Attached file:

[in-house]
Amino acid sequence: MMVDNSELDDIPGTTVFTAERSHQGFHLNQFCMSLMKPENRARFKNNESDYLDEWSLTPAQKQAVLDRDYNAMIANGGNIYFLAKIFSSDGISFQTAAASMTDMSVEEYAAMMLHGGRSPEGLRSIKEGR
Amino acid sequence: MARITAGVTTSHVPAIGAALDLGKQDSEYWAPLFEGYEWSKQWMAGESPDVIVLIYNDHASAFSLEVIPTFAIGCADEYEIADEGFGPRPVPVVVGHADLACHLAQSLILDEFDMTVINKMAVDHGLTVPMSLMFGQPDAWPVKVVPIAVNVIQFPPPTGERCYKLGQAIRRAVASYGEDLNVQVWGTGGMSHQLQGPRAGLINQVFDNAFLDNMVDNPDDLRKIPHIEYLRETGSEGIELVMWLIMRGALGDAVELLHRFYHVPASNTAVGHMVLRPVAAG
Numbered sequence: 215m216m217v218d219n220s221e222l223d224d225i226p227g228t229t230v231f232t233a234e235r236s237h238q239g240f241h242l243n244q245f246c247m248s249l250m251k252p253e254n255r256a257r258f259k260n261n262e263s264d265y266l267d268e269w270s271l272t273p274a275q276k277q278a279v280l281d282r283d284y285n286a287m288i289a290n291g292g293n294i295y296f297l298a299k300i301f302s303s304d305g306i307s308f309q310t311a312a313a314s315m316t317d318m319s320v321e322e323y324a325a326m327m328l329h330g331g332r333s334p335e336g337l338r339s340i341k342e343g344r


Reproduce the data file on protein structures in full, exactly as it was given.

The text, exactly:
[in-house]
Amino acid sequence: MMVDNSELDDIPGTTVFTAERSHQGFHLNQFCMSLMKPENRARFKNNESDYLDEWSLTPAQKQAVLDRDYNAMIANGGNIYFLAKIFSSDGISFQTAAASMTDMSVEEYAAMMLHGGRSPEGLRSIKEGR
Amino acid sequence: MARITAGVTTSHVPAIGAALDLGKQDSEYWAPLFEGYEWSKQWMAGESPDVIVLIYNDHASAFSLEVIPTFAIGCADEYEIADEGFGPRPVPVVVGHADLACHLAQSLILDEFDMTVINKMAVDHGLTVPMSLMFGQPDAWPVKVVPIAVNVIQFPPPTGERCYKLGQAIRRAVASYGEDLNVQVWGTGGMSHQLQGPRAGLINQVFDNAFLDNMVDNPDDLRKIPHIEYLRETGSEGIELVMWLIMRGALGDAVELLHRFYHVPASNTAVGHMVLRPVAAG
Numbered sequence: 215m216m217v218d219n220s221e222l223d224d225i226p227g228t229t230v231f232t233a234e235r236s237h238q239g240f241h242l243n244q245f246c247m248s249l250m251k252p253e254n255r256a257r258f259k260n261n262e263s264d265y266l267d268e269w270s271l272t273p274a275q276k277q278a279v280l281d282r283d284y285n286a287m288i289a290n291g292g293n294i295y296f297l298a299k300i301f302s303s304d305g306i307s308f309q310t311a312a313a314s315m316t317d318m319s320v321e322e323y324a325a326m327m328l329h330g331g332r333s334p335e336g337l338r339s340i341k342e343g344r